I love the texture of linen, and it does provide some "tooth", so I wanted to try it as a ground for my painting process of using PanPastel over a gouache gray value under-painting. I thought it might be fun to try doing a finish on the linen that would eliminate the need for glass. I did the painting and then experimented with MSV (mineral spirit varnish). Here's what happened.
For the varnish experiment, I put three different values of gray gouache on the sized linen- covered board. Then I put the corresponding values of Pan Pastel in both warm and cool colors over the gouache. I used the oval angled sponge applicator. Then I sprayed the surface with 3 very thin coats of Golden Archival Mineral Spirit Varnish-gloss. I don't like a glossy finish, however, I tried a matte finish and this made the color milky. The idea was to use the gloss first and seal the more brilliant color and then use a satin or matte finish on the top layer.
But I never got that far because I just didn't like the way the varnish darkened the darkest values. I was not unhappy with the mid-tone and highlights though. I can see I would have to paint very high key paintings if the values were going to come out right using this varnish. Using the sponge bar point applicator which seems to deposit a bit more pigment than the oval would have been helpful. Also, the MSV has a really strong odor. I sprayed the board outside, and then had to leave the board outside for over an hour before I could bring it in and tolerate the smell. I didn't spray the actual painting because of the color change issue. I think I would like this varnish technique if I were using stick pastels. George Carlson did a fabulous series in the late 80's (I think) on the Tarahumara Indians in which he used tons of fixative to produce a very durable finish not unlike the the surface after using MSV. It's a thought for a further experiment if I ever decide to drag out my stick pastels again. Meanwhile...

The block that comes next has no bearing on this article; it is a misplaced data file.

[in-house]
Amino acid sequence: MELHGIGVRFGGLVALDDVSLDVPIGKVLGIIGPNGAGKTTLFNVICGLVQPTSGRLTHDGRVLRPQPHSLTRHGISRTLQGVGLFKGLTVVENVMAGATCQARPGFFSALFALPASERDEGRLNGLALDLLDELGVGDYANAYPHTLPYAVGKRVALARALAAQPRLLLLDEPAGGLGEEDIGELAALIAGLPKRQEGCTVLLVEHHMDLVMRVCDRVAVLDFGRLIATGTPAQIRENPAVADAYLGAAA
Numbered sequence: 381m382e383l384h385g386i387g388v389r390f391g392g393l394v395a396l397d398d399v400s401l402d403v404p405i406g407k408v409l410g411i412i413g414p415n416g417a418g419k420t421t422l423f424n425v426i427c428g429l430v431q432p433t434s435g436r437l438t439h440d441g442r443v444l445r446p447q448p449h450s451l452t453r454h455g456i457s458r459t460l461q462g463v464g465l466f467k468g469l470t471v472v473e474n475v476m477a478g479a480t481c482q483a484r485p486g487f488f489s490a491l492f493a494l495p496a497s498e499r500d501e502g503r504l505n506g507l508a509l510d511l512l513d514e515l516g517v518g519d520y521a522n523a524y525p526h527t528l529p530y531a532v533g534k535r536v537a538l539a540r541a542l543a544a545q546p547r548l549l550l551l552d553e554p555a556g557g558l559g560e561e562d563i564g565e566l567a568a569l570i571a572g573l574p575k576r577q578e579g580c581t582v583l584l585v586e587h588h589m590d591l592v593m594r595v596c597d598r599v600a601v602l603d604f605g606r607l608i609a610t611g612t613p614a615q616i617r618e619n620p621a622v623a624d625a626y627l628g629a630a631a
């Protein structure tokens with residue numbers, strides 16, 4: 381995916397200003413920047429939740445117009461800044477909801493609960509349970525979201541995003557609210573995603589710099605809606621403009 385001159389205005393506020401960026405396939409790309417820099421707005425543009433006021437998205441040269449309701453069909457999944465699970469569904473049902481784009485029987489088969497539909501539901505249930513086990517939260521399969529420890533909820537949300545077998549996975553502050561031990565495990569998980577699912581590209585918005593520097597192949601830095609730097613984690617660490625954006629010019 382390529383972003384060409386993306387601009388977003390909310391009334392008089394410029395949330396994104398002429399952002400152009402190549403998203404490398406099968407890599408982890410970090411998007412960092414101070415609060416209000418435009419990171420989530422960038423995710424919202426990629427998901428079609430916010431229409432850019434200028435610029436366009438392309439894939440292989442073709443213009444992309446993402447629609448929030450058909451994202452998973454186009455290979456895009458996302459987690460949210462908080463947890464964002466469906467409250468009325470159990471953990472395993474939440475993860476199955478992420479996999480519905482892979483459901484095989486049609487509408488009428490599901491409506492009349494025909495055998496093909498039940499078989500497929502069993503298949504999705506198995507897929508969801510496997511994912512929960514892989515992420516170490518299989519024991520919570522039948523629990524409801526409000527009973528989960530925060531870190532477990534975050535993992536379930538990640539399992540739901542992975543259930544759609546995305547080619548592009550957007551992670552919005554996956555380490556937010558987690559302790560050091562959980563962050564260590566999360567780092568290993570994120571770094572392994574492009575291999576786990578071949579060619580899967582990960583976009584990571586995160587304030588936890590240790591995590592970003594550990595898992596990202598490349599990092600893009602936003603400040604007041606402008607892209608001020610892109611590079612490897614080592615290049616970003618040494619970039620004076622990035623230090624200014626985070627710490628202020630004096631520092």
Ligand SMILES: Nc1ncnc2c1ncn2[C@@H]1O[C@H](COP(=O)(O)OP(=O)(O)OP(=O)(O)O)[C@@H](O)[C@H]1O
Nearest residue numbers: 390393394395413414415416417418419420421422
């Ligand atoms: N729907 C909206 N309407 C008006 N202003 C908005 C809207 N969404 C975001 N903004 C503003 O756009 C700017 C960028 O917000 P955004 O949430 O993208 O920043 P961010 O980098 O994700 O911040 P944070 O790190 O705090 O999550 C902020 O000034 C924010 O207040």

I did the first painting on the linen. You can see that the color is not very nuanced and the under-painting shows through too much causing transitions between highlights, mid-tones and shadows to be too severe. I do love the linen texture showing through though. This texture is hard to see in the image here. The second painting is on Ampersand Pastelboard using my usual technique. It is richer in color, warmer, and more nuanced, but not as textural. I was not going for a likeness, but the linen piece looks a bit less like the model at this point and more like her younger self. (I have been painting her for years).
One idea for further experiment would be to apply a linen-like texture to Pastelboard. I'll give that some thought.